Unforgotten Still A still from Sujin Kim's short film, 'Unforgotten. | Image: Courtesy of the artist

Sujin Kim’s Student Academy Award-Winning Film Allows ‘Comfort Women’ to Tell Their Own Stories

When Sujin Kim (Film/Video MFA 20) first saw Jan Švankmajer’s 1988 film Alice, a dark surrealist interpretation of Lewis Carroll’s Alice’s Adventures in Wonderland, she was an undergraduate student in South Korea, entrenched in traditional art making. But watching the film ignited something inside of Kim, making her feel like she had taken her own trip down the rabbit hole. After years of study and art practice focused on painting and realism—first at the prestigious Seoul Arts High School and then as an undergraduate student at Ewha Womans University—Švankmajer’s experimental work took Kim’s breath away and helped to change the course of her artistic practice forever. 

“I found myself no longer interested in reproducing reality through a single still image anymore,” Kim said. “I was now fascinated with moving images.” 

After earning her BFA at Ewha, Kim taught painting and drawing for a few years in South Korea. But she never lost her interest in moving images, so eventually she began researching experimental animation graduate programs as a means to pursue this work further. Of the two programs that Kim was accepted to in the United States, she chose CalArts, largely because of her strong desire to work with Maureen Selwood, a faculty member who retired in 2021.   

As Kim settled into her studies as an Experimental Animation MFA at the Institute, she was quickly drawn to the idea of telling a story that had long captivated her interest. The term “comfort women” is a euphemism used for the thousands of mostly Korean women who were forced into sex slavery by the Imperial Japanese Army during World War II. After following the highly charged political discussions between current political leaders in both South Korea and Japan about how to properly recognize and memorialize these women, Kim was disappointed that the victims were, for the most part, left out of the equation. She began to conduct her own research into the issue, combing through written and oral testimonies of the women about their experiences and looking for a way to tell their stories.

“I was fascinated by the voices of the survivors and their will of resistance that I could feel through their testimonies,” Kim said. “I thought the archived testimonies provided strong evidence to show that the survivors were not only victims but also brave human rights activists who wanted to stop other women from being sacrificed sexually during wartime.”

While stories about comfort women have been told across numerous mediums over the years—including in books, movies, theater productions, and beyond—like many stories that involve violence, they have often been told in a manner that emphasizes the violence above all else. Instead, Kim was interested in making a deliberate attempt to tell the stories of comfort women differently. For her, focusing on the sexual violence as a means for moving the viewer reduced the power that the women retain over their own stories and diminished their own heroism at the expense of placing too much of the focus on those who have committed the violence against them.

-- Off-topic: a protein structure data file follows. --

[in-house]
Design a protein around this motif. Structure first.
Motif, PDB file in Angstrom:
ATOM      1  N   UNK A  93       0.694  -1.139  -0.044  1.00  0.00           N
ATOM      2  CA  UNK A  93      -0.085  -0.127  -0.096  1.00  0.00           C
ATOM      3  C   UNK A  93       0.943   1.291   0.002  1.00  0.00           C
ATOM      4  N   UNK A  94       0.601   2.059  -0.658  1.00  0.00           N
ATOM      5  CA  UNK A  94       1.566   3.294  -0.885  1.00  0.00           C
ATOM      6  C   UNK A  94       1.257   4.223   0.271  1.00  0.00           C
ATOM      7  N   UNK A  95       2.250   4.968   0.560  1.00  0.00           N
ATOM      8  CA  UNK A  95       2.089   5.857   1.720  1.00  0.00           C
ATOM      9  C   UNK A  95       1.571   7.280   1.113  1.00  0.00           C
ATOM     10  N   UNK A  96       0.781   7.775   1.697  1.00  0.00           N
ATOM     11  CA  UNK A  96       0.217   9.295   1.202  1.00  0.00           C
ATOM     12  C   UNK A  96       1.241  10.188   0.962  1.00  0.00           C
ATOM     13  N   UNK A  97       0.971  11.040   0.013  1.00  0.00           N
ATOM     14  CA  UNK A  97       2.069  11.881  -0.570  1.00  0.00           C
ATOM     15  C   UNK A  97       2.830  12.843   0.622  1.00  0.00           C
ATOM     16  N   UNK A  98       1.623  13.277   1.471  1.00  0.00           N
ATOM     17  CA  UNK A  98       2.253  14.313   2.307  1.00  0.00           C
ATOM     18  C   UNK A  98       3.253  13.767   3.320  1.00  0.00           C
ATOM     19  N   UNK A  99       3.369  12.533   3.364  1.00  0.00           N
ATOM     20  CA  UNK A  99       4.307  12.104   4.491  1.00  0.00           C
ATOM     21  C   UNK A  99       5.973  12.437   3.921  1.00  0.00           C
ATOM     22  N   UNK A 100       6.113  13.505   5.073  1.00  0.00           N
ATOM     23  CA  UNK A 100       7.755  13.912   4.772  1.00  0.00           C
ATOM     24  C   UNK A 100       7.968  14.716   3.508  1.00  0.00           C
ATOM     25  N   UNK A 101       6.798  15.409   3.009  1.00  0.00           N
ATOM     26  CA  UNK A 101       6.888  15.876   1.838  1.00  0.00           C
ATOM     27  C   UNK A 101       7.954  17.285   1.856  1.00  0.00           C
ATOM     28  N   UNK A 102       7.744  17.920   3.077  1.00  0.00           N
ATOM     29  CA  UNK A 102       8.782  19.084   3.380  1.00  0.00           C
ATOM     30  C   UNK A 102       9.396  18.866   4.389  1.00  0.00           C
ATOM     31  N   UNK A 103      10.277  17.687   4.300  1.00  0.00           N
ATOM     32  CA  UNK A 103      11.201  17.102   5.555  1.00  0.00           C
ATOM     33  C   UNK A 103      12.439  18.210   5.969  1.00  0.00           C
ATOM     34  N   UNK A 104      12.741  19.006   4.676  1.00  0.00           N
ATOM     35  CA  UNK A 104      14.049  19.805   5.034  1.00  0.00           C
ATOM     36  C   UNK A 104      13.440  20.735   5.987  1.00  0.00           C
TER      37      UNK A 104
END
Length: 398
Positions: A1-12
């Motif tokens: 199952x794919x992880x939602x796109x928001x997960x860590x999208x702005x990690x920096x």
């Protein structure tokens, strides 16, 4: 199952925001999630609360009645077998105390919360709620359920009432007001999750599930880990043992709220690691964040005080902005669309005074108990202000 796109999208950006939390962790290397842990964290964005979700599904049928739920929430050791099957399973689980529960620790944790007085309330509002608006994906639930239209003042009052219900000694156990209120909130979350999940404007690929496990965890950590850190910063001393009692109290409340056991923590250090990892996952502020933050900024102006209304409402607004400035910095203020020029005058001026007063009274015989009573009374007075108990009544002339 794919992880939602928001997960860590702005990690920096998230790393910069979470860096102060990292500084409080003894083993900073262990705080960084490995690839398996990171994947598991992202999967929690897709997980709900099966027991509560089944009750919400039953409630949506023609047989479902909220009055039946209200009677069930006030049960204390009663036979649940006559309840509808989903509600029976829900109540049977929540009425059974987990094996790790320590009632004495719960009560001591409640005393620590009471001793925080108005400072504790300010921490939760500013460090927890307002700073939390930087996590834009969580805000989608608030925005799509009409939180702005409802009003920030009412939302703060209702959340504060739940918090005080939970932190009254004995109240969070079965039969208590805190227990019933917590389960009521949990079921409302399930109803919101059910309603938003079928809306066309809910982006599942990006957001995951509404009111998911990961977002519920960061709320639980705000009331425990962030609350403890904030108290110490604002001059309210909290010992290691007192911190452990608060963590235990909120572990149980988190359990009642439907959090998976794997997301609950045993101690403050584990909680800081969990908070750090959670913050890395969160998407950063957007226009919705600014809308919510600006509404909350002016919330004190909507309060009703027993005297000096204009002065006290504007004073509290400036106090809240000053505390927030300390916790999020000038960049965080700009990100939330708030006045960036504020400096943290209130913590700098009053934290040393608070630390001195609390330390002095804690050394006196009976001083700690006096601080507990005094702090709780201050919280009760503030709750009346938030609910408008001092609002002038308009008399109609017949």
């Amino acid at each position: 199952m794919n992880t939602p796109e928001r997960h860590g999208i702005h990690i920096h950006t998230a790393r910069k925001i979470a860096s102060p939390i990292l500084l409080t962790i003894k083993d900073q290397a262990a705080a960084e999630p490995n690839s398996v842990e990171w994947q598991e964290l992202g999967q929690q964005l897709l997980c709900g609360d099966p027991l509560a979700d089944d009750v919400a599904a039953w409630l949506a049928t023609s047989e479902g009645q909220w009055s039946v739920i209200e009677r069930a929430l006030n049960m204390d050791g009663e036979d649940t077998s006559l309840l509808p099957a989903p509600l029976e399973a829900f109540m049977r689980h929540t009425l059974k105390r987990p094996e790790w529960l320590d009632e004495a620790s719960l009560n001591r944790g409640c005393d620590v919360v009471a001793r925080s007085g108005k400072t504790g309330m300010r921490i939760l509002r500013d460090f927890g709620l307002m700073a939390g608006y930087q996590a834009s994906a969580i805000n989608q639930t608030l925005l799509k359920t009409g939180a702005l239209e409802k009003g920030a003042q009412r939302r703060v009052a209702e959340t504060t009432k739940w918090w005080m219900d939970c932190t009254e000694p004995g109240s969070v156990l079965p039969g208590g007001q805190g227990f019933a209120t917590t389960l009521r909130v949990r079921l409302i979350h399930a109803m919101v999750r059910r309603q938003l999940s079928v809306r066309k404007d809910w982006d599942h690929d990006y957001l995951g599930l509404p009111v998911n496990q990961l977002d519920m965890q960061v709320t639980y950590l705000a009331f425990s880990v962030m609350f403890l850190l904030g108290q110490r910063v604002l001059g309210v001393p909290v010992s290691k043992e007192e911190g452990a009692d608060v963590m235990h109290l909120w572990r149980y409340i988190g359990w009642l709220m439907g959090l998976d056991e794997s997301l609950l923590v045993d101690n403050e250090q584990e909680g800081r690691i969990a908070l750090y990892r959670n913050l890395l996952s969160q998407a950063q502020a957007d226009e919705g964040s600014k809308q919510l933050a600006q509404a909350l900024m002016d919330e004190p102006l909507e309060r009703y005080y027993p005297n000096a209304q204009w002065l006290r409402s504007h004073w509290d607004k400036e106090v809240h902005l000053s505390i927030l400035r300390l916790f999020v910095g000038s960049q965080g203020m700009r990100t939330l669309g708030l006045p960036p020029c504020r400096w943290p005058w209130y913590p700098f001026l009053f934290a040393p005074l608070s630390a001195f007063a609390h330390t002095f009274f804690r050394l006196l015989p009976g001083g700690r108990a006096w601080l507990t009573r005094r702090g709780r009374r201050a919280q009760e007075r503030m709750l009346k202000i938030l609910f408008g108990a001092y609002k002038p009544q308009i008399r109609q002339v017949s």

“I think filmmakers should have respect for a person’s real-life story and trauma that is being delivered through their film,” Kim said. “I did not want to take the cliché approach that often happens in stories about survivors’ life-long traumas. I think that filmmakers should be thoughtful about their visual language when depicting somebody else’s memory and pain.” 

To achieve her goal of giving the survivors space to tell their own stories, free from their tormentors, Kim chose to use metaphorical and poetic imagery that strikingly reflected the victims’ mindset. Her unique choice struck a strong chord with viewers and critics alike.

The Academy of Motion Picture Arts and Sciences awarded Kim a coveted Gold Medal in Animation (Domestic School) for “Unforgotten” at the 48th Student Academy Awards last October. Kim was among just 17 other winners from around the world. She even had CalArtian and Pixar Animation Studios chief creative officer Pete Docter (Film/Video BFA 90) break the news to her about winning gold during the ceremony. It was a remarkable achievement for Kim, who is only just beginning her journey as a filmmaker.

“Winning the Student Academy Award is the most meaningful achievement I can get as a person who studied animation in school,” Kim said during her acceptance speech. Past Student Academy Award winners have gone on to win 11 Oscars and receive 63 Oscar nominations. 

Beyond her work with “Unforgotten,” Kim has also engaged in a number of commercial projects, including collaborations with Roc Nation, Epitaph Records, and Warner Music UK. But Kim has also reentered the realm of education, this time as a faculty member. Kim recently began a position as a tenure-track assistant professor of 3D animation at the School of Art within the Herberger Institute for Design and the Arts at Arizona State University. It’s providing another opportunity to expand her career and share the impact that animation and art have on the world.

“Teaching students in an animation program enables me to understand the power that animation has as a dominant artistic tool for our generation,” she said. It is perhaps this point more than any other that Kim has taken from her young yet remarkably prolific and successful career as an animator. And she is looking forward to harnessing her skill and experience as an artist and using it further for good.

“I want to be an educator and artist who can guide myself and my students toward delivering diverse voices through animated films,” Kim said. “I want to use my art to encourage inclusion and reduce exclusion.”